The simple reality is that the food business is subject to fraud, greed, corruption and exploitation just like any other business on the planet—agriculture or nonagriculture alike.
The unfortunate series of events dubbed “Field of Schemes” revealed that more than $142 million in sold grain was marketed as organic, but most was not indeed organic. It’s one example that exposed the fact that the marketing side of the current healthy and natural kick far outpaces the logistical, legal and regulatory aspects that are clearly not fully baked.
Right now in the U.S., consumers place their trust in more than 80 groups that are in the business of selling “stickers” that their clients—people who pay them and keep them in business—use on their products’ labels. The consumer, especially after this incident, has the right to demand proof that ingredients are truly what they say they are, and they should have the right to know where ingredients originated.
And the farmer is missing an opportunity, too. If a product such as organic grain can be sold at a premi-um, then shouldn’t it have to be proven?
Just having a non-GMO label on the side of a Cheerios box is no longer good enough. It probably never was.
The incident referenced earlier had eight years of data probed. More than 11 million bushels of grain were sold in that period, and 90% was falsely marketed as organic. That’s enough to fill 3,600 rail cars or 14,375 semitrailers.
This whole incident and probably hundreds and maybe thousands of others like it scream for the industry to demand and put into practice the technology that exists today to digitally track ingredients from each individual field, from each individual farmer, from each individual bin, to each individual truck until it is delivered directly to the processor.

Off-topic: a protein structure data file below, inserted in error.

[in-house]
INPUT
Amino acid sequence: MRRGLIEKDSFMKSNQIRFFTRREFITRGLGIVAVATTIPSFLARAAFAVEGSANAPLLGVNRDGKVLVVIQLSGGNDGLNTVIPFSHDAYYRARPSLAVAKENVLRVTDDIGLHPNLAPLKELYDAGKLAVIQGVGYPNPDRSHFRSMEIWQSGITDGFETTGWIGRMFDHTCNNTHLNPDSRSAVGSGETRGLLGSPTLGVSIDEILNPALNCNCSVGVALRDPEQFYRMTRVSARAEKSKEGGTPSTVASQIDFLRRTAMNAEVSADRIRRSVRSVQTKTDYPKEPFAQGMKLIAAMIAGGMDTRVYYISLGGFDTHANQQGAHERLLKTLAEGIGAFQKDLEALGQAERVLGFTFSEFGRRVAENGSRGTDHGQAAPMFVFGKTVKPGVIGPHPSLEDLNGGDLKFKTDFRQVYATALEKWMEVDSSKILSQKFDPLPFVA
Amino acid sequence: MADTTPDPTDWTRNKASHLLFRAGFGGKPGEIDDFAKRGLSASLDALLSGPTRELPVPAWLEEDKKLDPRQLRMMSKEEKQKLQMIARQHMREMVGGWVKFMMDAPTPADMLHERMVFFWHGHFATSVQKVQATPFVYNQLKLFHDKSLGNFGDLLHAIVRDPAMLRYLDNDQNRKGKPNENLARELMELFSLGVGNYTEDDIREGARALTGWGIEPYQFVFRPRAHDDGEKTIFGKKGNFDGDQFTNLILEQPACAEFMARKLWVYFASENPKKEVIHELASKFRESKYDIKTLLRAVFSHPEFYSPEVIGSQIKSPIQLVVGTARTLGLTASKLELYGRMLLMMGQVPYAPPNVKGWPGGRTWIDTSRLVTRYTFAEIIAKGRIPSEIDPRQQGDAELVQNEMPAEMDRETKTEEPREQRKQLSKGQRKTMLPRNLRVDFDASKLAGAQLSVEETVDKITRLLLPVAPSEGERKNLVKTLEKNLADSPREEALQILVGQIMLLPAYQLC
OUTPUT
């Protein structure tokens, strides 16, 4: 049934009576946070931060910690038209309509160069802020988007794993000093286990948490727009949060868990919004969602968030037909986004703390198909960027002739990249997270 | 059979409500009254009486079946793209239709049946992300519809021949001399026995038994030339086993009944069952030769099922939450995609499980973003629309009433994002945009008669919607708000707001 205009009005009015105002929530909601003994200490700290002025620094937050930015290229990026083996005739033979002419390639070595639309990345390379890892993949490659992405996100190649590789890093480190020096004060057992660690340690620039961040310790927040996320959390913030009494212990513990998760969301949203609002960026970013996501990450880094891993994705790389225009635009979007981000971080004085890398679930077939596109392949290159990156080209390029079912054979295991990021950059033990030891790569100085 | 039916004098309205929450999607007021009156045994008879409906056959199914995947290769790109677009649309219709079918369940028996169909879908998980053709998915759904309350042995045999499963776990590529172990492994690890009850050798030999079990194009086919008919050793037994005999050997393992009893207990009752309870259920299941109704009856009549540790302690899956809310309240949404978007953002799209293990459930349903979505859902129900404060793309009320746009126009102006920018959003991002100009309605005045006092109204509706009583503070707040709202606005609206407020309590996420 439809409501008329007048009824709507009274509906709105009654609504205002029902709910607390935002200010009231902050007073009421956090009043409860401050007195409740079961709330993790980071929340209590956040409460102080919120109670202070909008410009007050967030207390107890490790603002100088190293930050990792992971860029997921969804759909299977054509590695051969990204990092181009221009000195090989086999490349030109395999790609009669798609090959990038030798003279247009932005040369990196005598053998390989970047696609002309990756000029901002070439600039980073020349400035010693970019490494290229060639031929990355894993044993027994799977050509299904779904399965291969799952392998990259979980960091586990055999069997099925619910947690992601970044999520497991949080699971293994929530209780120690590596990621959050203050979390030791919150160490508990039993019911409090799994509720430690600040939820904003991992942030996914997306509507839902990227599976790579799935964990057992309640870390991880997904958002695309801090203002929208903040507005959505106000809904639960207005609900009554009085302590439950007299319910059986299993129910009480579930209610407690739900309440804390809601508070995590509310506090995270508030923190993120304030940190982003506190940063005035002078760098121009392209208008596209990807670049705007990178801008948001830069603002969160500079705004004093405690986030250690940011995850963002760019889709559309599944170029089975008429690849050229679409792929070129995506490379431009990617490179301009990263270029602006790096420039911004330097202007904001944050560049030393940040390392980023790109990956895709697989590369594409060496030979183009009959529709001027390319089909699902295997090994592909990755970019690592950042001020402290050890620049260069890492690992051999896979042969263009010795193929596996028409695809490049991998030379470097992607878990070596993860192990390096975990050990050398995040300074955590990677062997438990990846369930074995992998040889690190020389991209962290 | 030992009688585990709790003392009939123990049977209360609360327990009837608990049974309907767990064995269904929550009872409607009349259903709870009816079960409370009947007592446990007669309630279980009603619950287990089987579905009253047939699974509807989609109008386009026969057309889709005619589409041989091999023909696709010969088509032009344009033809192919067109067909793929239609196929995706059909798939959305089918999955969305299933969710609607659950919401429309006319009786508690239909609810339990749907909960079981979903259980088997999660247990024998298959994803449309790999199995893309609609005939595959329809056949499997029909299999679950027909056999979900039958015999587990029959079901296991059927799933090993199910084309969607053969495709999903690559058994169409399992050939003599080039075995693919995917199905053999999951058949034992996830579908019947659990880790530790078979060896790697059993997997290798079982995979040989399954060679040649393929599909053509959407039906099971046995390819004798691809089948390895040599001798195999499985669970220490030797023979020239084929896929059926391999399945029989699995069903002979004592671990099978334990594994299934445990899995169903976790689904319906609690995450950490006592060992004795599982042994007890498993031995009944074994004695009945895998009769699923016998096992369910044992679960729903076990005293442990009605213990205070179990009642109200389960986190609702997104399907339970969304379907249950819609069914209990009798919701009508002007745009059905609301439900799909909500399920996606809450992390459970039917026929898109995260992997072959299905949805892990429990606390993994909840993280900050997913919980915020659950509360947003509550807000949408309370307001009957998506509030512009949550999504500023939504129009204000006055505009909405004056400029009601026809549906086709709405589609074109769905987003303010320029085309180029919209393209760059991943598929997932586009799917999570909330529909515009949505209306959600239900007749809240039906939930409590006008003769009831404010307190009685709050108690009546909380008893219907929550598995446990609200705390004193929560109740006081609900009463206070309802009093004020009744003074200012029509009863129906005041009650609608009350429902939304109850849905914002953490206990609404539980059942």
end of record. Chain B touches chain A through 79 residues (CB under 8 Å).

All these words that we love to throw about—traceability; sustainability; and, yes, blockchain—apply here big time. It is time to stop talking and time to start doing. Otherwise, somebody from outside the industry will make the rules and most likely make it harder for the industry to pursue this growth area of business.
During the 1980s when President Ronald Reagan was in talks with the Soviet Union about limiting and dismantling nuclear warheads pointed at other countries, he would use the phrase “trust but verify.” Here, we’re not talking nuclear armageddon, but the meaning of those words fits so well.
We need a system that we can trust—one that doesn’t just slap a cheap “sticker” on the side of a box of food. No, one that earns trust by transparently putting the digital tools and processes in place to monitor the supply chain. Those practices give true meaning to what that sticker should represent. It is way past time.